guardian angel

Today, August 10, 2020 is my daughter’s 27th birthday. Wherever her soul is currently soaring, I am confident she is reveling in the limitless joys and wonders in the universe far beyond our comprehension … and in a far greater capacity than her old man. You see, parents like me make some people uncomfortable.

The issue of how we remember and honor our loved ones who are taken by a mental illness, especially on days usually marked by celebration, is incredibly complex and fraught with peril. In part, because a parent’s grief can be boundless and all encompassing.

With regard to that type of grief, Deborah Carr, PhD and Chair of the Sociology Department at Boston University, stated, “The death of a child is considered the single worst stressor a person can go through … Parents and fathers specifically feel responsible for the child’s well-being. And they’re not just losing a person they loved. They’re also losing the years of promise they had looked forward to.”

Fiona MacCullum, a professor at the University of Queensland explained, “The death of a child brings with it a range of different and ongoing challenges for the individual and the family. Everyday questions such as ‘How many kids do you have?’ can trigger intense distress … Some people do find ways of living with the loss. Others struggle to find meaning in life.”

A strong willed and inspired parent of a child who has been taken by an eating disorder has the potential to make the eating disorder community uncomfortable, nervous, afraid and wary. Not just because a parent’s grief can be incomprehensible. We can summon strength and resolve far exceeding anything the community could possibly imagine. And perhaps most importantly, we are the living manifestation of the industry’s failure. Preventing the death of our beloved child or loved one should be the first, second, third and final goal to achieve in the treatment of eating disorders. And yet, with each death of another beloved child, the industry and community are reminded of their collective failure.

In an article published on June 29, 2020, Laura Collins Lyster-Mensh, the Founder of F.E.A.S.T. phrased it very well: “The F.E.A.S.T. community lost a child today. It could have been any of us. … The loss is immeasurable. Unfathomable. … It could have been any of us. … We failed this person, as a society and as a field. We failed this family. We failed, but this family endures the loss.”

So, how do we honor and remember our fallen children, how do we take a parent’s grief and sorrow and turn it into a message of hope, faith, strength, resolve and inspiration for others?

Both the eating disorder industry and community are at a loss for responding to this need. After a time, most parents who suffer this soul-crushing loss are shuffled to the side, to not only not be heard but not even seen.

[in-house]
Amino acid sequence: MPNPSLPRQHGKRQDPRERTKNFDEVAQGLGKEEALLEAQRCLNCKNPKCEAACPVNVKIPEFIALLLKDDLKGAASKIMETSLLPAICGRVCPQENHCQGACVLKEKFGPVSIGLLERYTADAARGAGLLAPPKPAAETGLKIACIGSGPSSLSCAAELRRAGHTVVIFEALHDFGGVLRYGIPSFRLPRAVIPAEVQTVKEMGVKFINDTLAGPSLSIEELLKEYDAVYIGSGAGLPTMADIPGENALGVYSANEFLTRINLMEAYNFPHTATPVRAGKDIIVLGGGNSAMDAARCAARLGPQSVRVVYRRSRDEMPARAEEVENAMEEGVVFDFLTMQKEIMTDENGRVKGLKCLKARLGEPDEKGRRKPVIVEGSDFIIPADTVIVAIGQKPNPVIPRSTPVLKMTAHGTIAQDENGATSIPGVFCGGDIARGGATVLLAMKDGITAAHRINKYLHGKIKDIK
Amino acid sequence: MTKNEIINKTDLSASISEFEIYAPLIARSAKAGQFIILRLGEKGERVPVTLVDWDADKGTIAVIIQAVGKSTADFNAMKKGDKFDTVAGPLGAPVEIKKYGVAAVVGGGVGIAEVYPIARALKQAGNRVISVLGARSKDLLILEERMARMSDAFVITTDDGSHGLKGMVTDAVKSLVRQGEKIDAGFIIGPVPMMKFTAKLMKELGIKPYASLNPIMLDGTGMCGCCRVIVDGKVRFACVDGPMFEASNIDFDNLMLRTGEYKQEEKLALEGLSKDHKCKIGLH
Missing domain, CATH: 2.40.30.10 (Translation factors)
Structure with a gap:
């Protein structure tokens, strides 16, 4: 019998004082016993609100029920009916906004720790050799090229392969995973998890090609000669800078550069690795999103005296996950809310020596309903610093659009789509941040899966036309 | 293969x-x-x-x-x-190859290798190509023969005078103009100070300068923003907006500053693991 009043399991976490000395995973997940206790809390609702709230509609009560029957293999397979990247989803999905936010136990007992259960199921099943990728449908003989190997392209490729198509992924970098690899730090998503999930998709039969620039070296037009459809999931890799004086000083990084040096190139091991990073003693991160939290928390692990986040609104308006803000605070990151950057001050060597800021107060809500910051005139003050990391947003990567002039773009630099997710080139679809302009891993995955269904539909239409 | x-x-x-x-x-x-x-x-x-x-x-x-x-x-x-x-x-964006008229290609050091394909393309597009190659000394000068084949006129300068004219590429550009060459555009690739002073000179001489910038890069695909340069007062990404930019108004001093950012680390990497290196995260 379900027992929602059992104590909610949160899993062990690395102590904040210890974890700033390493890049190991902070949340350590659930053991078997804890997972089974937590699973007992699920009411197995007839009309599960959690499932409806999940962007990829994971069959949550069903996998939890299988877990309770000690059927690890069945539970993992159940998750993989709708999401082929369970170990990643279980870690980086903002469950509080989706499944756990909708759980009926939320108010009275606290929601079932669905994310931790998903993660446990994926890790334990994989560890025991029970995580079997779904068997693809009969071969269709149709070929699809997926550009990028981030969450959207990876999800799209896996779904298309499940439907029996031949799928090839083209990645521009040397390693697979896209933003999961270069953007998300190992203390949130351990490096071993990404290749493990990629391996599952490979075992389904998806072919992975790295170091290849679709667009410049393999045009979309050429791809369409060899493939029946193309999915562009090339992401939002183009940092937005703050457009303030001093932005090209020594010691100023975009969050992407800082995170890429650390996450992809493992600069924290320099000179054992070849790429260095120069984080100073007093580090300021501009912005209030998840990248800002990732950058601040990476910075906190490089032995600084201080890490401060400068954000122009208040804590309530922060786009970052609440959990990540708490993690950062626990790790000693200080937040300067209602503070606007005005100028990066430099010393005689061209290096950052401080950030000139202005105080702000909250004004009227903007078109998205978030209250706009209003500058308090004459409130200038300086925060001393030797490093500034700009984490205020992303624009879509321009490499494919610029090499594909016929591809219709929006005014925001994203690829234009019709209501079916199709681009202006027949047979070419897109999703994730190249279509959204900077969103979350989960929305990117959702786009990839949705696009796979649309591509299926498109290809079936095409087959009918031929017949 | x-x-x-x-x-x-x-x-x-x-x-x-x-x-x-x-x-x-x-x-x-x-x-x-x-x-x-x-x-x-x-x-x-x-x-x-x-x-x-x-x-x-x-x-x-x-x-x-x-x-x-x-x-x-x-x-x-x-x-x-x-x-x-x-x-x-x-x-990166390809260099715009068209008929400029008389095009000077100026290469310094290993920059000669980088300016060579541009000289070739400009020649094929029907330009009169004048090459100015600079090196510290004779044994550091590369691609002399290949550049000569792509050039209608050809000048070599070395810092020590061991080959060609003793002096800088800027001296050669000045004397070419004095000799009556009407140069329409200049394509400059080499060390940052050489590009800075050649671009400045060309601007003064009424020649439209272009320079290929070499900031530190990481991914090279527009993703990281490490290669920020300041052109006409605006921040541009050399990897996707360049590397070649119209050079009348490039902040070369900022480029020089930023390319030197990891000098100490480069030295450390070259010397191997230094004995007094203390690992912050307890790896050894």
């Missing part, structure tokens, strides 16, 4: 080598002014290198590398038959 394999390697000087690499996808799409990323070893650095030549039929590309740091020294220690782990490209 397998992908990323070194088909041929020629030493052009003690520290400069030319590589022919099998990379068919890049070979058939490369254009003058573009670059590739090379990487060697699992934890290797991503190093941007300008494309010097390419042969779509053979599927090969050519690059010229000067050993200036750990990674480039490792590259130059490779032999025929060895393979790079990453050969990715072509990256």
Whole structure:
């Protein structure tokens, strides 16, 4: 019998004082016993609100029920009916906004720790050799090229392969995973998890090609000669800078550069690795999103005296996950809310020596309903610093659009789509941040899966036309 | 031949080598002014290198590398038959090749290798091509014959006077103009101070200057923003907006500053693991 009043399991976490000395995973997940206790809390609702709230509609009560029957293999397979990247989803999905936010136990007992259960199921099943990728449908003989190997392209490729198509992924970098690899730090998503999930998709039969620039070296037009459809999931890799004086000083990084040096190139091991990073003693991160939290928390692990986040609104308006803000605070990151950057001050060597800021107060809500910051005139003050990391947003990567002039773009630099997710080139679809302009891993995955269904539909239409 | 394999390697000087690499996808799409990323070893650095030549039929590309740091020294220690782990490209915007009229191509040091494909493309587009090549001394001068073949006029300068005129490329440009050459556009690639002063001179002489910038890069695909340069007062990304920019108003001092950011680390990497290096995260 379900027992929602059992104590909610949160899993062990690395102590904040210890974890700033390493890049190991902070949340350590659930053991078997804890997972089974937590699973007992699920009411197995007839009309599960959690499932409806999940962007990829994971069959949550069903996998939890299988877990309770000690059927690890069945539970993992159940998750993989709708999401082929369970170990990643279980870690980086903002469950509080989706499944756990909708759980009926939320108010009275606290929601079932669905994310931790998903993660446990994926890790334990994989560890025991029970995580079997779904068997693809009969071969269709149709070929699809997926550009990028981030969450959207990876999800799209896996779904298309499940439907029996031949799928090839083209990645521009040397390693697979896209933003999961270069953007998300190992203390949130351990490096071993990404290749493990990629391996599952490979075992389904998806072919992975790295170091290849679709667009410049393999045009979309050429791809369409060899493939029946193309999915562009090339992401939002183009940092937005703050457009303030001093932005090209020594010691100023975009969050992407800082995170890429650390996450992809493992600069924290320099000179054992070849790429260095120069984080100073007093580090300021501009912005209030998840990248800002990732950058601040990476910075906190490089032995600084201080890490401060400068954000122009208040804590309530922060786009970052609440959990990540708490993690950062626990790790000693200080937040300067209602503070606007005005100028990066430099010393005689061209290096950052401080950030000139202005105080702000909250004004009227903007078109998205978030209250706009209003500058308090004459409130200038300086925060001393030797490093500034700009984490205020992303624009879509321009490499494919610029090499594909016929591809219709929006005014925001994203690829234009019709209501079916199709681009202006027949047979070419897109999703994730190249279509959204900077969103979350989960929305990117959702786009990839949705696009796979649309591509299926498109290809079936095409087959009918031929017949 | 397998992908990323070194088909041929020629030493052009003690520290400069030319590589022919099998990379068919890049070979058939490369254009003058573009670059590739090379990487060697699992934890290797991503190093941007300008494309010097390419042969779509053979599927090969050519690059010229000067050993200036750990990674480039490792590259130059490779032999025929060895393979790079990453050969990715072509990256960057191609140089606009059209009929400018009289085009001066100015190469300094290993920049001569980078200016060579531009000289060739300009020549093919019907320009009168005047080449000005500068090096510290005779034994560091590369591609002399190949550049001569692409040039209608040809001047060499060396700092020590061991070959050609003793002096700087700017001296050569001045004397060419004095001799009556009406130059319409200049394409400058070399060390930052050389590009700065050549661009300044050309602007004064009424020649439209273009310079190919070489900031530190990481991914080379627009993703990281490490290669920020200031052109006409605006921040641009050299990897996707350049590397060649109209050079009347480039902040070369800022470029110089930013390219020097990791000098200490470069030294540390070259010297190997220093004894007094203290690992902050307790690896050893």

So, how do we remember? How do we honor those who were sacrificed on the altar of eating disorders? How do we let those parents know that their sons’ and daughters’ names will be remembered with respect and love? There is a way.

Well written articles are not enough. Memorial quilts are not enough. Banners are not enough. Remembrance, respect and inspiration demand much more. And from these attributes, grow opportunity.

And what an opportunity eating disorder organizations have before them. An opportunity to heal some of the divisions which exist in the community. An opportunity to recognize those whose lives have been taken respectfully and with dignity. An opportunity that turns collective failure into hope for the future.  

An opportunity for the Academy for Eating Disorders, the National Eating Disorder Association, the International Association of Eating Disorder Professionals, any of the private equity owned treatment centers, the National Center of Excellence for Eating Disorders, any of the other associated organizations.

Any or all of these entities, on their website and social media page could dedicate a tab, a hyperlink entitled, “In Memoriam.” Parents or surviving spouses or children could send in up to a thirty second video clip of their loved one to be posted on those organization’s website. A permanent, positive message of hope for the future. A message of remembrance. A message that we all must do better.

But, our fallen children and loved ones demand and deserve much more.

When a loved one is taken, those who are left inevitably face numerous financial matters. Funeral costs and expenses. Unpaid medical bills. Bills, invoices, demands for payment, each one a grisly reminder that a parent’s pain is only beginning.

Any or all of the aforementioned entities could institute an annual “Profile in Courage” honorarium. Any or all of those entities could grant $10,000 to a family who have experienced the ultimate loss, the loss of a child, a parent, a spouse being taken by an eating disorder. Presented at the national or international conference hosted by these entities, the family receiving this grant would know that in a very open, tangible and loving way, their loss is not going unnoticed. Their loss is not being entirely forgotten. And maybe, just maybe, the healing process for them can begin.

We have failed. And with each death, we continue to fail.

But, that failure does not have to be that which defines us. From the ashes of loss can rise inspiration. From the ashes of despair can rise hope. From the ashes of  sorrow can rise love.

Failure is merely the starting point of success. A new path beckons. Let us heed that call.

And … Happy 27th Birthday my beloved Morgan.



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